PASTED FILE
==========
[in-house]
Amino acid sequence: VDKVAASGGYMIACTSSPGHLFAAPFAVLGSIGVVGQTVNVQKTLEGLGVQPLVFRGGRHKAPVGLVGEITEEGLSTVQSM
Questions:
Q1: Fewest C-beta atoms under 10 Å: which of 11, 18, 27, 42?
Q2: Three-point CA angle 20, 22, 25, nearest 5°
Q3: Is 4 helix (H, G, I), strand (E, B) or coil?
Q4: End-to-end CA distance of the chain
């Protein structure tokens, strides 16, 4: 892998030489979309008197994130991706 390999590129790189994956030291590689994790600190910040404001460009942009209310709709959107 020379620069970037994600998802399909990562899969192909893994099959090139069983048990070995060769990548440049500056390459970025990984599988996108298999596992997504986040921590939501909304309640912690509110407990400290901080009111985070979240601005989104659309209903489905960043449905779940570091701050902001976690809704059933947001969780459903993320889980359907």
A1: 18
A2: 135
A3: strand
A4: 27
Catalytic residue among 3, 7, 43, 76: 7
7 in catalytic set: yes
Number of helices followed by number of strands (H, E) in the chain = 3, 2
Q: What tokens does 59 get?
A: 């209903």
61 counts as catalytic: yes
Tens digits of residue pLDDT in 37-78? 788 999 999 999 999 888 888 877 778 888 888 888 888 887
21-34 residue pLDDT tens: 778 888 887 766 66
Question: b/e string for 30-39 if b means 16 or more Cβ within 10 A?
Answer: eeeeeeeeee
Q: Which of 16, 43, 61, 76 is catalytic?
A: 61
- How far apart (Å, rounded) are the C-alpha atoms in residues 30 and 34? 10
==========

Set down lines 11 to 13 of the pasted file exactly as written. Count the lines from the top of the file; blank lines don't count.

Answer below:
A3: strand
A4: 27
Catalytic residue among 3, 7, 43, 76: 7